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Rihanna Responds to Backlash Over Islamic Hadith Used in Savage X Fenty Lingerie Show

 

People were outraged following the launch of Rihanna’s Savage x Fenty lingerie show, which premiered online on the 2nd of October. The root of this wave of disapproval was due to the song choice during the show, which included the inappropriate usage of Islamic verses.

The song was called “Doom” and produced by Coucou Chloe, which played in the background as models danced along during a section of the show. It consists of a remix of a Hadith; a collection of sayings by the prophet Muhammed referring to judgement day.

A huge number of the audience were disappointed with the use of the song, considering that Rihanna had gained widespread attention and praise for her brand due its focus on inclusion and diversity.

“Okay the fact that Rihanna’s show was supposed to be a keystone for “inclusion” while she completely alienated the Muslim community by disrespecting a Hadith recitation is the perfect showcase of how fashion brands & the media have never considered us as a part of their audience” said Twitter user, @myeshachou.

Another Twitter user, @itsayaaani, wrote, “A narration of the Hadith being used in Rihanna’s Savage x Fenty show is a clear example of why cultural/religious competence is important in media. Diversity without respect and boundaries for other beliefs is useless.”

Despite the uproar caused by the upsetting appropriation of sacred Islamic verses, this was not the only issue that people had with the fact that the song was used for the show.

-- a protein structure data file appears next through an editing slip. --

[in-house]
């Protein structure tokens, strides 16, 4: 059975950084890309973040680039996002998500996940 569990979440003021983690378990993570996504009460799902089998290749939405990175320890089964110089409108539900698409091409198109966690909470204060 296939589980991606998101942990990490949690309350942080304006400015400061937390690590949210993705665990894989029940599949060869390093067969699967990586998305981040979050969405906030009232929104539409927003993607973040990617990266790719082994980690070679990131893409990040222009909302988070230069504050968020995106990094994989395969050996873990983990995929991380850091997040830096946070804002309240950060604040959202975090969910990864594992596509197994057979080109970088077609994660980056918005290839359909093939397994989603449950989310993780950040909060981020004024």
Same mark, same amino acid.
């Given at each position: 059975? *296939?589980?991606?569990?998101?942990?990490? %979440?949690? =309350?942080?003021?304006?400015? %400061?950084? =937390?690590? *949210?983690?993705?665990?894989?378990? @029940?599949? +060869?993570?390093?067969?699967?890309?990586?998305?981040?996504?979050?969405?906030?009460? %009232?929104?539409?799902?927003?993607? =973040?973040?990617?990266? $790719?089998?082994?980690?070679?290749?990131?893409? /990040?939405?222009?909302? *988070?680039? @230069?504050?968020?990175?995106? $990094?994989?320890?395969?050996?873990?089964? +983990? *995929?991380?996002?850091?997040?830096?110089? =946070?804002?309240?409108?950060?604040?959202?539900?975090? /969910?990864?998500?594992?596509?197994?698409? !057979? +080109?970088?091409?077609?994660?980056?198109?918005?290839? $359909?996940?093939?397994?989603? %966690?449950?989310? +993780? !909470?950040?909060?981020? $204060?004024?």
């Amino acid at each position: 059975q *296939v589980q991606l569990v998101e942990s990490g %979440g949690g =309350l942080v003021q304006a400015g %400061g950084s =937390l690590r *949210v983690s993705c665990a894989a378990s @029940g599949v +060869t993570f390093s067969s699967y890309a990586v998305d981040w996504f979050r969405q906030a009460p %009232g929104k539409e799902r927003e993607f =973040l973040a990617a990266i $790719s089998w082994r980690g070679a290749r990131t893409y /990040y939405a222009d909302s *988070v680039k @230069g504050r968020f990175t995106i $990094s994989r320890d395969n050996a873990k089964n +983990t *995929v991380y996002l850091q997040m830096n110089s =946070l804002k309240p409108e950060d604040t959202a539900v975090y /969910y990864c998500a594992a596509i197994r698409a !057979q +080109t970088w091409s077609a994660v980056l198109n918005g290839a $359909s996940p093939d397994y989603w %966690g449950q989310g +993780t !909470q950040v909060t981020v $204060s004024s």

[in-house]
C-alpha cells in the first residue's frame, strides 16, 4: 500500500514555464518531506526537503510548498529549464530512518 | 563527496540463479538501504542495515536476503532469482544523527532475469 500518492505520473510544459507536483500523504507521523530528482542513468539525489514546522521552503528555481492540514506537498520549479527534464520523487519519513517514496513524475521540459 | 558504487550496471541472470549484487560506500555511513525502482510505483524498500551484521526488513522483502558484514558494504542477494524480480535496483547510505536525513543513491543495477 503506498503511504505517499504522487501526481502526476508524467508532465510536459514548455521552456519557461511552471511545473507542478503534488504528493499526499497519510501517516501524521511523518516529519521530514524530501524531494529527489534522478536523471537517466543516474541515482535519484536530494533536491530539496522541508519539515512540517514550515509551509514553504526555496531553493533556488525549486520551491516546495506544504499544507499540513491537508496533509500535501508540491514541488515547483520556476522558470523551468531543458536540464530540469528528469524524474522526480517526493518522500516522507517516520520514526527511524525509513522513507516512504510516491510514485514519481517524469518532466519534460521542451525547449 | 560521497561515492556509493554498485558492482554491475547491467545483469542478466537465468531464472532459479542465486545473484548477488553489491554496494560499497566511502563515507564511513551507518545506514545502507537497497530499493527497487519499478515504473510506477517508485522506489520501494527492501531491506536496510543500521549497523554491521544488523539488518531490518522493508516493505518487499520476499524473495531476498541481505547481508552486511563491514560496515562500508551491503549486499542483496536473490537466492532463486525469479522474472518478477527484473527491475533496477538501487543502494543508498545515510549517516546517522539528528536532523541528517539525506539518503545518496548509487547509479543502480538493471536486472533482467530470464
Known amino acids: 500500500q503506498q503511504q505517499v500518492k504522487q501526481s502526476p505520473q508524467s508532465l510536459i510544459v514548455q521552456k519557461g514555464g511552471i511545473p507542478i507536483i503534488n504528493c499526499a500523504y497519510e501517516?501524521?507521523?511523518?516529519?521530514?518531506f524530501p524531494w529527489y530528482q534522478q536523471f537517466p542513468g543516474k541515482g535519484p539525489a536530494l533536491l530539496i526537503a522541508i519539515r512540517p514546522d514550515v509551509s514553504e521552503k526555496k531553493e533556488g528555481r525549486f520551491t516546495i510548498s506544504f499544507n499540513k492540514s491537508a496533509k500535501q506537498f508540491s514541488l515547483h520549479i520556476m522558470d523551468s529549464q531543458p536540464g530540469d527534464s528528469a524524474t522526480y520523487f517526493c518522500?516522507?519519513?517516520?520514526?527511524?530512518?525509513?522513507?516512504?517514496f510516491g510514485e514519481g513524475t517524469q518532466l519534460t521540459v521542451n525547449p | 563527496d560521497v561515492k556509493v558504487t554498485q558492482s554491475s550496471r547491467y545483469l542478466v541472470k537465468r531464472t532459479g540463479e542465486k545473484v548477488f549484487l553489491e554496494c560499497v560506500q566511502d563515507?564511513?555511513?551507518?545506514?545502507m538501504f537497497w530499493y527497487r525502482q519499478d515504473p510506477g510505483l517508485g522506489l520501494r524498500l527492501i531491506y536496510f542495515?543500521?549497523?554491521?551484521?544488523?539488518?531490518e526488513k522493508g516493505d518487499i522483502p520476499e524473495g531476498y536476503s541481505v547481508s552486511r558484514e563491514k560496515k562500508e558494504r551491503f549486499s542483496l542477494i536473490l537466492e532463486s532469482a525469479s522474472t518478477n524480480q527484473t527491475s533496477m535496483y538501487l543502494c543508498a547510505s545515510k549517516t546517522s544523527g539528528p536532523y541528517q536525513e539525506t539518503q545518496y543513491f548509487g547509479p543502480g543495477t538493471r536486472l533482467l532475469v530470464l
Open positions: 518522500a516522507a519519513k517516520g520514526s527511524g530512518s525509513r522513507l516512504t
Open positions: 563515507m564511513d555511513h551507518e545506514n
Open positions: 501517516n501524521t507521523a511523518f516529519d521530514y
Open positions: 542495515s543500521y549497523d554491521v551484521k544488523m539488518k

In an Instagram post criticizing the distasteful choice of music, @shamiruk explains that among several issues, “deep contradiction & incompatibility of Islam with nudity & public displays of sexuality” was another reason why the use of the song was completely unacceptable. 

Subsequently, 4 days after the show, Rihanna posted an apology on her Instagram story in response to the immense backlash she received. She stated that it was an “honest, yet careless mistake” and that she understood that she has “hurt many of [their] Muslim brothers and sisters,”.

“I do not play with any kind of disrespect toward God or any religion and therefore the use of the song in or project was completely irresponsible!”, she wrote.

Additionally, Coucou Chloe took to Twitter to apologise for her contribution to the upset in the community. She explained that she was unaware of the origins of the samples she used for the song and was oblivious to the fact that they were taken from an Islamic hadith. She further stated that she took “full responsibility for the fact that [she] did not research these words properly”.

Unsurprisingly, both Rihanna and Coucou Chloe’s apologies were met with a variation of mixed responses. While some praised them for acknowledging the incident and admitting their mistakes, others condemned Rihanna for not being sufficiently thorough with her song choice. Suggestions were also made that Coucou Chloe was fully conscious of the source of the samples contrary to her own statement, as the title clearly foreshadows the meaning behind the Hadith used.

Although Rihanna has empowered many people on a global level, it is evident that the Muslim community was marginalized through this event and it has proven to be an inexcusable exclusion of the community. It is always important to raise awareness and call out your favourite artists on their mistakes regardless of how much good they’ve done! After all, we’re all humans and every so often, we all make mistakes.

 

Words By: Ellis Ellena Idris

Edited By: Anthea Pei 

I am 21 years old and a second year student studying Journalism at the University of Leeds. I was born in the Philippines and raised in Malaysia where I went to an Australian International School. I love music, arts, culture and travelling.
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